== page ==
George Orwell’s Forerunners and Disciples: Anti-Utopia in Modern Russian Literature
- Date: –16:00
- Location: SCAS, Thunbergssalen Linneanum, Thunbergsvägen 2, Uppsala
- Lecturer: Boris Lanin, Johan Peter Falck Fellow, SCAS. Professor of Russian Literature, Russian Institute of Theatre Arts (GITIS), Moscow
- Organiser: Swedish Collegium for Advanced Study (SCAS)
- Contact person: Sandra Rekanovic
Russian Utopia considered social reality as something to be transformed: the title of Nikolai Chernyshevskii’s novel What Is To Be Done? is indicative. A Utopian implied goal is the realization of a visionary future, anti-utopia depicts its dark consequences. “Anti-Utopia” suggests the negation of a specific ‘utopian’ system or construct. It implies that there may exist a genuine utopia. “Dystopia” suggests the impossibility of any utopia whatsoever.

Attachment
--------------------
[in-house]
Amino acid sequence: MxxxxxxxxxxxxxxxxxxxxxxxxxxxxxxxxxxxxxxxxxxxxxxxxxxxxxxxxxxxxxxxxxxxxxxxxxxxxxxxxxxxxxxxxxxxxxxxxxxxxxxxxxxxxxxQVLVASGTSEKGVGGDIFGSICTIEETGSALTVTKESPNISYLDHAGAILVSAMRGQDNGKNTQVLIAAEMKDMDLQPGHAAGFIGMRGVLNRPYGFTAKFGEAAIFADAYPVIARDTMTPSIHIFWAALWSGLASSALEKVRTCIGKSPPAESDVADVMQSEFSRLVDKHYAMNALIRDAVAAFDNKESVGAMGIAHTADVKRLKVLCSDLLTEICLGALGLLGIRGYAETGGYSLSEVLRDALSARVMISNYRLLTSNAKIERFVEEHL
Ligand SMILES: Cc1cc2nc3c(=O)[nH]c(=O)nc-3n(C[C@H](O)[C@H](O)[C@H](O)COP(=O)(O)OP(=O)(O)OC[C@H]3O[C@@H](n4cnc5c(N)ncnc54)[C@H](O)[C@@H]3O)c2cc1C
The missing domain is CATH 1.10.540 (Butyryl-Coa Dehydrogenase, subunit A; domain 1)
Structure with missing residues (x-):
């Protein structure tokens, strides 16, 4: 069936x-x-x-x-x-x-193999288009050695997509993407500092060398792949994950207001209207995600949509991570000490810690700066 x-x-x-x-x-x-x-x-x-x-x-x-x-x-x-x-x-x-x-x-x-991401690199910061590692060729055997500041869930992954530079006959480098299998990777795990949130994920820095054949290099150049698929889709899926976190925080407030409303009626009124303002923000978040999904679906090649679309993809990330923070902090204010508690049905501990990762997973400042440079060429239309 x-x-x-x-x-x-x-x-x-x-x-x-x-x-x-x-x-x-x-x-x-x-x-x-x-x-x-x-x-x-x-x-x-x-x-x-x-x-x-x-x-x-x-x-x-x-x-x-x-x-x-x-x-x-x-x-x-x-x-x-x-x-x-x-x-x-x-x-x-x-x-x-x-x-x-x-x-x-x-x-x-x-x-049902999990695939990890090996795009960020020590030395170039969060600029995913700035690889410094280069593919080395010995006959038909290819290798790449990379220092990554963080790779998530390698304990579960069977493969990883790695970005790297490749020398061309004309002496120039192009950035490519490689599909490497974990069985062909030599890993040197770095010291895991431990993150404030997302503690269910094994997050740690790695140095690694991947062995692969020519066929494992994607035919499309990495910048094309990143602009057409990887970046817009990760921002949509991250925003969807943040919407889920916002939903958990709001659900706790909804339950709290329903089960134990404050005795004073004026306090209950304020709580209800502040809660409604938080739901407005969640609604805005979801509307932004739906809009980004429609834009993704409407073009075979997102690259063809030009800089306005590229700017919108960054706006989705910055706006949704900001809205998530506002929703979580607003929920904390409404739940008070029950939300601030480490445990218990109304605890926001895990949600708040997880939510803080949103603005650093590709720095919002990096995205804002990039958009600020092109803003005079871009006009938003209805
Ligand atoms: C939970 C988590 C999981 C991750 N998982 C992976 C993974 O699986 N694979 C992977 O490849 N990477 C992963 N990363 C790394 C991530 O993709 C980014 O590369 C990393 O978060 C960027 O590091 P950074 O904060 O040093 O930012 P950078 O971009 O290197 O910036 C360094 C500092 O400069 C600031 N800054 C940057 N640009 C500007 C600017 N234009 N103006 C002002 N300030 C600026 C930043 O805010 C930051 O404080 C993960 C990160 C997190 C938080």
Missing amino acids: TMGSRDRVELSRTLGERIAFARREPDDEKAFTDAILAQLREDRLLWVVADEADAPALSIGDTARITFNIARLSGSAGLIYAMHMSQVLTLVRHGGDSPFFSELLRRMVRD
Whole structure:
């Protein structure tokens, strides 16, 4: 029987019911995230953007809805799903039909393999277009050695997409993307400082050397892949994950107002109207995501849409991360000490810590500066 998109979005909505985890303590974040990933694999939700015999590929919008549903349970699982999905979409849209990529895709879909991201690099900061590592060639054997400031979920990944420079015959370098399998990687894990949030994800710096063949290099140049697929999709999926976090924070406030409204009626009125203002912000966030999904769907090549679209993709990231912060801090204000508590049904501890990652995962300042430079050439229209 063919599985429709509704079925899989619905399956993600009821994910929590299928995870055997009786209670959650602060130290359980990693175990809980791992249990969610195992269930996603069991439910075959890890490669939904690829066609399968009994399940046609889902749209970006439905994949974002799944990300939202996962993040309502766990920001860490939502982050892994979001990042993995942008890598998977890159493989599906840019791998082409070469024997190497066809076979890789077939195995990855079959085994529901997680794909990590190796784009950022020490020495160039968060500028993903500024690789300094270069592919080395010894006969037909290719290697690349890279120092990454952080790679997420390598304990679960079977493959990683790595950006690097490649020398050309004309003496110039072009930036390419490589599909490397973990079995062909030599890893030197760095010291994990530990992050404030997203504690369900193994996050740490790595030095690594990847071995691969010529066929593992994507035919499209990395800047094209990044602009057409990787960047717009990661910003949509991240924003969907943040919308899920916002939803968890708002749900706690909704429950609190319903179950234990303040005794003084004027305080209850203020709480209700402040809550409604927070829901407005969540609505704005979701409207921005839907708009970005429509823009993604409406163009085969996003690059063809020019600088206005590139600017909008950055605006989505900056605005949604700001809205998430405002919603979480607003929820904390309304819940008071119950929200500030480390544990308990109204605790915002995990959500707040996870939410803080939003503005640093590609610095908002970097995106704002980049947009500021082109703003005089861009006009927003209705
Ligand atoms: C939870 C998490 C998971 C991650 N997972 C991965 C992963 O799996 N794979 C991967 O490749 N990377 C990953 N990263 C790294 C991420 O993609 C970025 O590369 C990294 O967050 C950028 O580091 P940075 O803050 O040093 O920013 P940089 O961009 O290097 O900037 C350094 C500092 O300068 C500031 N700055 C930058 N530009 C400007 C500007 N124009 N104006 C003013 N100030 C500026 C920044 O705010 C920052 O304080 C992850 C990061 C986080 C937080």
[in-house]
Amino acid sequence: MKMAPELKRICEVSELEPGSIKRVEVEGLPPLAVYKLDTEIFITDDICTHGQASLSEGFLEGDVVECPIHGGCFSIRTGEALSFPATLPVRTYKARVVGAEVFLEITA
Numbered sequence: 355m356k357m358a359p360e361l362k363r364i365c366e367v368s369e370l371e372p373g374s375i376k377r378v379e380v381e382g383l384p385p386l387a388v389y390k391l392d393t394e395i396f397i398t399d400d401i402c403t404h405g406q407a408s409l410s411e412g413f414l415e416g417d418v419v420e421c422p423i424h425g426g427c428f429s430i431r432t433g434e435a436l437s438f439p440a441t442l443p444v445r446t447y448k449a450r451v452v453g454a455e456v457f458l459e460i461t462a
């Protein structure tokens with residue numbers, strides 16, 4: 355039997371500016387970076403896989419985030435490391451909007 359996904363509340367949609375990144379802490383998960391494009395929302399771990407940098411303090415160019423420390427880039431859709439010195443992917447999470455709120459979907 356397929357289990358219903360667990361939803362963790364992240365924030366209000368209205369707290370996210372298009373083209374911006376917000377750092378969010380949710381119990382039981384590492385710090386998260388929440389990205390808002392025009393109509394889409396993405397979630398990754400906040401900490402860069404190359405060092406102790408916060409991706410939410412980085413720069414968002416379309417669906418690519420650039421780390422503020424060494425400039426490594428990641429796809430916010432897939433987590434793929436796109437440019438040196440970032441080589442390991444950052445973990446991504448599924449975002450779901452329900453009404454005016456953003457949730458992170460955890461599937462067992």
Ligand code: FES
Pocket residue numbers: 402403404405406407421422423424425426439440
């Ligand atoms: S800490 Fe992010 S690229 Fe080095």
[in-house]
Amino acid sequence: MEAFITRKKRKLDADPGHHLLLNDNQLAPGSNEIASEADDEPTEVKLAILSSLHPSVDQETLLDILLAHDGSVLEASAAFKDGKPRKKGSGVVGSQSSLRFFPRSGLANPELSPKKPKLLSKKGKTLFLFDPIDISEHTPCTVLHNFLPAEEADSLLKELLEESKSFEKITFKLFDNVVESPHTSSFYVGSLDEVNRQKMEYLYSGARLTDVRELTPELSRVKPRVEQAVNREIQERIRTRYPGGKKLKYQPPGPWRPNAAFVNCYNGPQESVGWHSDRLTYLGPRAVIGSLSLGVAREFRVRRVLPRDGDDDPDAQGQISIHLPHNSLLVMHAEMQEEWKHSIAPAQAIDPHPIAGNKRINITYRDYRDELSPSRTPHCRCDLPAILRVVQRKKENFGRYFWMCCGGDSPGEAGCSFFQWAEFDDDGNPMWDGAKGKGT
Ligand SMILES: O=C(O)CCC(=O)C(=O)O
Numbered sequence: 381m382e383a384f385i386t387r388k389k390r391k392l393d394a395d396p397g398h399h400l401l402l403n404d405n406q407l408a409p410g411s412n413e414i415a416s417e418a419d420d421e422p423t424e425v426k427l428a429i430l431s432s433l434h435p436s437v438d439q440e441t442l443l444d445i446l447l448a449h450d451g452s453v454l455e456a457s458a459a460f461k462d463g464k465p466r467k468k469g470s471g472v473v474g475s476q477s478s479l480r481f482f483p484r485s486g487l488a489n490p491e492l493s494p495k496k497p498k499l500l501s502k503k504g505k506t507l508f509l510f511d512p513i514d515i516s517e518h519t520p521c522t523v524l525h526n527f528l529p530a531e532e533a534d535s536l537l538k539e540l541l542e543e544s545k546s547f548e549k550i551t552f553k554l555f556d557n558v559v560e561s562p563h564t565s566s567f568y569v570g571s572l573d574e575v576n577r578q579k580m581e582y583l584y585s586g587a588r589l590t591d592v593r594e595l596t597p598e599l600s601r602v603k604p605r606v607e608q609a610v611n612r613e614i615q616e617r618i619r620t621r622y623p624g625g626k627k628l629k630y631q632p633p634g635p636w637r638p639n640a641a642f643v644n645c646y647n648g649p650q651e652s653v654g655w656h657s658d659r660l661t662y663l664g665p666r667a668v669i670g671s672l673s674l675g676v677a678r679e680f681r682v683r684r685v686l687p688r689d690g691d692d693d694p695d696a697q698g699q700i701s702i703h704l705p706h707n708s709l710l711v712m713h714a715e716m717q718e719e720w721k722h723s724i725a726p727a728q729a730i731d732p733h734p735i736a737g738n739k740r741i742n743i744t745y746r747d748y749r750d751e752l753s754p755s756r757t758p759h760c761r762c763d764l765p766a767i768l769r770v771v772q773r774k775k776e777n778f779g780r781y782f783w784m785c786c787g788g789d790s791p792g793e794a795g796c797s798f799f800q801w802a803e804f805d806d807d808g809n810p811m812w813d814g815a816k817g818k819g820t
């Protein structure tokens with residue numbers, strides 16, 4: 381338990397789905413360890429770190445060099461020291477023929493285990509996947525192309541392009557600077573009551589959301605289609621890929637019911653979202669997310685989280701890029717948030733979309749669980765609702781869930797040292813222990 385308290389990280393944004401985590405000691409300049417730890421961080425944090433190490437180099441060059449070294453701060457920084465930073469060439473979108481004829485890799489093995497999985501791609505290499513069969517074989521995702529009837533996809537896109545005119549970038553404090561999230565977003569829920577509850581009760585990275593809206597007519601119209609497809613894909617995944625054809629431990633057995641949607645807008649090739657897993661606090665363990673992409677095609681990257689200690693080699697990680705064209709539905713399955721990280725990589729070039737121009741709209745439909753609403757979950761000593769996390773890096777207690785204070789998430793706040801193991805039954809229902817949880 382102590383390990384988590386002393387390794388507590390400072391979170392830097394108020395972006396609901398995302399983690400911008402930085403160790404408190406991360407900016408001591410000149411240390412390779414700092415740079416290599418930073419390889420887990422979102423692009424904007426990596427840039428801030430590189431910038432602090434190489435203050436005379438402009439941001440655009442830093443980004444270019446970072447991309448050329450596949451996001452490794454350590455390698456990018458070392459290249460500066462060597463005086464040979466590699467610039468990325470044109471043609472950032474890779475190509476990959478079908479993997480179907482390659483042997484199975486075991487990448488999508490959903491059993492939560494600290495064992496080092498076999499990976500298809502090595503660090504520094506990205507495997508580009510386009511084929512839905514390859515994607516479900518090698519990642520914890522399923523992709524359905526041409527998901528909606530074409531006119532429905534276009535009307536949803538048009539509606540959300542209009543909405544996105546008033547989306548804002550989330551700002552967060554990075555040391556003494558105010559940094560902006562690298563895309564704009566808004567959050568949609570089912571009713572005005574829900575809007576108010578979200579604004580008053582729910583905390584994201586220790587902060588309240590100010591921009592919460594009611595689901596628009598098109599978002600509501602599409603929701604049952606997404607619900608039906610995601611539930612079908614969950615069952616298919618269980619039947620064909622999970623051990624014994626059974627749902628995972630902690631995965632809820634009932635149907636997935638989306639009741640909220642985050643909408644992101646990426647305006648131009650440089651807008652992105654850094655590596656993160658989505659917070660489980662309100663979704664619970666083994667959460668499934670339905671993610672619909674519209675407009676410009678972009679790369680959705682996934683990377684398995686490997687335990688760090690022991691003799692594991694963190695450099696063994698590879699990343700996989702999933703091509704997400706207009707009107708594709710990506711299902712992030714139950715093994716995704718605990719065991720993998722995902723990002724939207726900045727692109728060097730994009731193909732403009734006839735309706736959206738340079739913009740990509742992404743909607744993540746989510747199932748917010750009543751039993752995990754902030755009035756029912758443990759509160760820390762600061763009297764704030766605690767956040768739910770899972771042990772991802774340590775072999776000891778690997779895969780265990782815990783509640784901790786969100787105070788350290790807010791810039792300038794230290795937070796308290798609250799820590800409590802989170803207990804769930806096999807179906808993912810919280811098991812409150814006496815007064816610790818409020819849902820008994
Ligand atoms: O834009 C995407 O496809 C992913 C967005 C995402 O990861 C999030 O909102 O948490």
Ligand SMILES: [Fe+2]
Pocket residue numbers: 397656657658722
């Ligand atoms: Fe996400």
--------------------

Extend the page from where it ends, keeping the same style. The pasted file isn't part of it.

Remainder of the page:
Anti-Utopias in contemporary Russia have transformed from a literary genre into a method of modeling reality and depicting the near future. The orientation to political issues happened:
1) because of postmodernism’s legacy, with its ‘border crossing trends’ that reshape the readers’ picture of the world.
2) because of the transformation of a literary genre from intellectual mainstream into mass
3) because modern anti-utopia becomes kind of ‘universal’ - social, philosophical, futurological, - and literary genre.